Human nature, however, is such that we crave certainty. When we discover something that looks like a feasible theory, we stick to it doggedly, until something proves us wrong. This was our collective error a few decades ago, when economics was hijacked by something called the efficient markets hypothesis, a seductive theory that both tied in with Adam Smith (postulating that most asset prices would always be a fair reflection of supply and demand) and seemed able to predict the future with more than occasional accuracy.
No, that ain’t the EMH. It says pretty much nothing about supply and demand. Actually, in the weaker version it says that markets process all the publicly available information. Sure, some of that info is about supply and demand but the point is in the processing of the information. There’s a stronger version, which states that the results arrived at as a result of such processing are “right”.
The EMH is thus not about supply and demand, it’s about the processing of the information we have about it. Sounds like a small difference but it isn’t: for if the FMH was about s and d then, if they could just find out what they were then bureaucrats could do as well as markets. But if it’s the market doing the processing of the information, then you can’t effectively short circuit markets by the use of bureaucrats, for you need the markets to process the information.
Whether the EMH is actually correct is another matter (to me it seems simply axiomatic that the weak version is correct, the strong one, well, I dunno).
But in a strange way, the by-product of this financial collapse has been to free economics of this burden. In the corridors of the Bank of England and Treasury, there is a distinct whiff of excitement. For the first time in decades, economists have been able to throw away their textbooks and go back to first principles; to exhume once-sacrilegious figures such as John Maynard Keynes or Friedrich Hayek. It is unsettling, no doubt, but this is a fertile moment, an opportunity from which may be born a better model of how to run an economy.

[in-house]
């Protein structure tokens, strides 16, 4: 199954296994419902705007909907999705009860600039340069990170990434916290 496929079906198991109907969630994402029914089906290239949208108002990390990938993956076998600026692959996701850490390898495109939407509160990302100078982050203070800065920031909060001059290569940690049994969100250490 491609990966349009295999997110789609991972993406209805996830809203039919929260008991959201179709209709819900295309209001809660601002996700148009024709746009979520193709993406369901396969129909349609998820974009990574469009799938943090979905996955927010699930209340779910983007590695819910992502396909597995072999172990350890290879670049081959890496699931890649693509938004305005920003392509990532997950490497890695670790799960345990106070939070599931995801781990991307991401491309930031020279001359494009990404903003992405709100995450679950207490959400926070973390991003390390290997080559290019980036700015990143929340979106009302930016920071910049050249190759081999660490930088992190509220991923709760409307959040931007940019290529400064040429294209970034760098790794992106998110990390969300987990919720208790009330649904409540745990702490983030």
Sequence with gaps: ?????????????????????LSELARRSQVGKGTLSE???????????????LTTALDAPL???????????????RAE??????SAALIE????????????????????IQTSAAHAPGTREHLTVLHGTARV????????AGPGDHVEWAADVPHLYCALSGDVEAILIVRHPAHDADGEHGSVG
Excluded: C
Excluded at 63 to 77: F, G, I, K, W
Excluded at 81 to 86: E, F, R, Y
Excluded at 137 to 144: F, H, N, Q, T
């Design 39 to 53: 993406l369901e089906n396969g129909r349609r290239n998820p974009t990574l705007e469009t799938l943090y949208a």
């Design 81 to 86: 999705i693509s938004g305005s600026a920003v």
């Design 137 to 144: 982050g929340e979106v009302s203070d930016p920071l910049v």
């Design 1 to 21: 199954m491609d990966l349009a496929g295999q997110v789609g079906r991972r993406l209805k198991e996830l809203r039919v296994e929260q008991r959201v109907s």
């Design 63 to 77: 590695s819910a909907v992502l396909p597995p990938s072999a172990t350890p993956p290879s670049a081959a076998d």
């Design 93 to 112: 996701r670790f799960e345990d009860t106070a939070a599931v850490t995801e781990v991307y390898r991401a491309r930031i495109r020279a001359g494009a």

We are already seeing the consequences. In the future, markets will be less free; there will be more regulation; the state will be more interventionist. Taxes may become more redistributive. But from the ashes of the crisis may come a new understanding of how to run an economy that is both more successful, and more stable, than the failed models of the past.
That outcome really rather depends upon whether people read more Hayek than Keynes or vice versa, doesn’t it?
It also rather depends on which bits of Keynes they read: it would certainly be an advance if they absorbed two of his points about fiscal stimulus: the first being that when you’ve growth above trend you should in fact be doing fiscal contraction, saving money for the bad times which will inevitably come. As Brown so famously didn’t. The other is that the best method of fiscal stimulus, the easiest to implement, the fastest and the one that best accords with microeconomic incentives as well as macro desires, is to cut national insurance payments.
If those are the two things that the Treasury takes away from a rereading of Keynes then I for one would be happy….